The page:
Kaplan-Meier analysis using the threshold evaluated by ROC revealed a significant distinction between high- and low-risk patients for both PFS and OS for the following textural parameters: Entropy, Correlation, Short Zone Emphasis and Homogeneity. In addition, TRE showed a significant distinction for OS. Details including the negative and positive hazard ratios can be found in Table 3, respective Kaplan-Meier-plots for PFS are given in Figure 1 and for OS in Figure 2. An overview of the respective AUC values for both standard and heterogeneity PET parameters regarding PFS and OS are given in Table 2.

Table 3: Results of Kaplan-Meier analysis regarding for Progression-Free (PFS) and Overall Survival (OS).

Parameter

for

x2

p-value

HR negative

CI

HR positive

CI

Entropy

PFS

7.14

0.007

1.87

1.09-3.19

0.54

0.31-0.92

OS

14.45

0.0001

2.79

1.62-4.81

0.36

0.21-0.62

Correlation

PFS

7.85

0.005

1.9

1.14-3.16

0.53

0.32-0.88

OS

11.31

0.0008

2.61

1.53-4.45

0.38

0.23-0.65

Short Zone Emphasis

PFS

7.99

0.004

1.87

1.17-3.0

0.53

0.33-0.85

OS

12.91

0.0003

2.53

1.39-4.62

0.4

0.22-0.72

Homogeneity

PFS

3.71

0.05

1.58

1.0-2.49

0.63

0.4-1.0

OS

5.41

0.01

1.86

1.04-3.33

0.54

0.3-0.96

TRE

OS

10.39

0.001

2.34

1.25-4.36

0.43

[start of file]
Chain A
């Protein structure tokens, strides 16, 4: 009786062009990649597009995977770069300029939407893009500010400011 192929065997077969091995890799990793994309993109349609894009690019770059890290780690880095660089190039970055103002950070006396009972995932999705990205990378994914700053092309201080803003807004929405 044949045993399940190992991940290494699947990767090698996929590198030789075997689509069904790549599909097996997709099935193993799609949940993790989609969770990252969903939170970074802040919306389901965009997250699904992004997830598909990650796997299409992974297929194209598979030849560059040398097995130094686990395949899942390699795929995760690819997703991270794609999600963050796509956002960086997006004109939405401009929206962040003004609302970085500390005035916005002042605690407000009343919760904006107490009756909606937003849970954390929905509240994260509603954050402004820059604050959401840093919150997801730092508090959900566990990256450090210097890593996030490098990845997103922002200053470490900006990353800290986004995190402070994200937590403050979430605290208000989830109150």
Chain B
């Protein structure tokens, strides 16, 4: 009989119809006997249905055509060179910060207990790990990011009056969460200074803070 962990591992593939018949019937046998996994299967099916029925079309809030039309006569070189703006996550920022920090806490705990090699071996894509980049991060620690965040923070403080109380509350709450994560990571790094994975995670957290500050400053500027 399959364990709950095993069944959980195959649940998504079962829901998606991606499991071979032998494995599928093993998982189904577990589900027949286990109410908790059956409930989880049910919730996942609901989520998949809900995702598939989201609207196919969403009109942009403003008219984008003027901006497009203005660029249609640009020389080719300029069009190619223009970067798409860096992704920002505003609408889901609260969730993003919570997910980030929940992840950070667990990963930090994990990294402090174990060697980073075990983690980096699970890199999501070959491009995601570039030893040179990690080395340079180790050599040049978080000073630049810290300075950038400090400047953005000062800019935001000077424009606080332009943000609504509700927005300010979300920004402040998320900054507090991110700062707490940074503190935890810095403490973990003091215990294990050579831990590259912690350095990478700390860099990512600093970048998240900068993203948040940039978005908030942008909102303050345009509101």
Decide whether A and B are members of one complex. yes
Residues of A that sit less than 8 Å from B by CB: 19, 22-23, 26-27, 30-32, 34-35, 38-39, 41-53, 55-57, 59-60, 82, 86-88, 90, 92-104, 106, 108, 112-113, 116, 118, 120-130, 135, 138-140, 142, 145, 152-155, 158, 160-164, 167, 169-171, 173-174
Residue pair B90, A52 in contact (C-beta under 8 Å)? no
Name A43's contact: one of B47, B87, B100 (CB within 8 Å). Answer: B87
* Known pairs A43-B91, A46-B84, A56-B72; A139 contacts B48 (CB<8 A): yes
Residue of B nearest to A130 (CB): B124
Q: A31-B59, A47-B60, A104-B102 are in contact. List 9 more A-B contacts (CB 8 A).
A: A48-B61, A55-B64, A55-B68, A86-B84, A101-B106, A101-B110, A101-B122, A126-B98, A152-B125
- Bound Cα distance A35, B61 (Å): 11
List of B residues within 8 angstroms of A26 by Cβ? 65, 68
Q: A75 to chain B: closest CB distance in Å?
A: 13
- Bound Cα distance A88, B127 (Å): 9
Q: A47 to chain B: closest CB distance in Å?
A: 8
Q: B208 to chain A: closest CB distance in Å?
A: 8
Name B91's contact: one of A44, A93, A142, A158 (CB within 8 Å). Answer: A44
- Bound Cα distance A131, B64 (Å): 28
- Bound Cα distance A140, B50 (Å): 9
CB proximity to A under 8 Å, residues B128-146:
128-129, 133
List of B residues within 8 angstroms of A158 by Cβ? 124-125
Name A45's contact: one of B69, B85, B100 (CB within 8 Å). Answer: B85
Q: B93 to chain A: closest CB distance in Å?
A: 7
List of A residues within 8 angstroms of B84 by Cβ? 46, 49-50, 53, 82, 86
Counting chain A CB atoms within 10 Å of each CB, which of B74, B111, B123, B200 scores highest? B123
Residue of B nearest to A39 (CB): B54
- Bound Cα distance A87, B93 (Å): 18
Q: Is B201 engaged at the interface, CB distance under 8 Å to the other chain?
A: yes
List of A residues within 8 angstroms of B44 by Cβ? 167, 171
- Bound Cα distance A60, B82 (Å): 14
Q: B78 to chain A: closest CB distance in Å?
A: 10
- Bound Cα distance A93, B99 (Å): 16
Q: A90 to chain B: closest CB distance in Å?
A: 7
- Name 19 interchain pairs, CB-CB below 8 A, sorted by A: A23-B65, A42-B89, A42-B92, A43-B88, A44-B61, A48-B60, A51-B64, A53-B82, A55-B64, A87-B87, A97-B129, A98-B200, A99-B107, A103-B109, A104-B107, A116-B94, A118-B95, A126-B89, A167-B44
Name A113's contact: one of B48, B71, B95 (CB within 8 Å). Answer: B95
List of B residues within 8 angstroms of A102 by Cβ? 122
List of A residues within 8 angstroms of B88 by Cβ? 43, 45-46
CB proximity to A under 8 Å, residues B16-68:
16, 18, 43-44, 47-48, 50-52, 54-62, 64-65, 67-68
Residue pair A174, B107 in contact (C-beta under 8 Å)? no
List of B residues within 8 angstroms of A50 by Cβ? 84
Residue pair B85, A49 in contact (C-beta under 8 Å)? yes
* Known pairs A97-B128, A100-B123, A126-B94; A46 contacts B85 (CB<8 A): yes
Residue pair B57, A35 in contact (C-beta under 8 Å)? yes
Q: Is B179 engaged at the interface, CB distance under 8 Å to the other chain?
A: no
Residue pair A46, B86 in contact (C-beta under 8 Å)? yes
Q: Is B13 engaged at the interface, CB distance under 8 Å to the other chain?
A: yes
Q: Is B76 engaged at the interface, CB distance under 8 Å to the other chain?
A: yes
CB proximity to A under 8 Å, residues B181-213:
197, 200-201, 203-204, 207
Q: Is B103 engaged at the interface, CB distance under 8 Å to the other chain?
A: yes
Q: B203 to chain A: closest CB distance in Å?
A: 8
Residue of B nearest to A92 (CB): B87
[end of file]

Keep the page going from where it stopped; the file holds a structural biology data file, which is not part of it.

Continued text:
0.23-0.80

Whole cohort (n = 141), 75 demonstrated progressive disease, 54 died. CI = confidence interval, HR = Hazard Ratio, TRE = tissue receptor expression (as a conventional positron emission tomography parameter).

Kaplan-Meier plots and number-at-risk tables for probability of Progression-Free Survival (

Figure 1: Kaplan-Meier plots and number-at-risk tables for probability of Progression-Free Survival (n = 139). Low-risk group (solid lines) was identified by various textural parameters measured on somatostatin receptor positron emission tomography/computed tomography (PET/CT) before Peptide Receptor Radionuclide Therapy. Cut-off values derived by Receiver operating characteristics analysis were used. d = days.

Kaplan-Meier plots and number-at-risk tables for probability of Overall Survival (

Figure 2: Kaplan-Meier plots and number-at-risk tables for probability of Overall Survival (n = 141). Low-risk group (solid lines) was identified by various textural parameters measured on somatostatin receptor positron emission tomography/computed tomography (PET/CT) before Peptide Receptor Radionuclide Therapy. Cut-off values derived by Receiver operating characteristics analysis were used. d = days.

DISCUSSION

In the present study, we investigated the prognostic value of PET-assessed tumor heterogeneity in patients scheduled for PRRT. Several textural characteristics like Entropy, Skewness, Correlation, Short Zone Emphasis and Homogeneity demonstrated superior diagnostic capability than standard PET parameters such as mean and maximum standardized uptake value (SUVmax / SUVmean).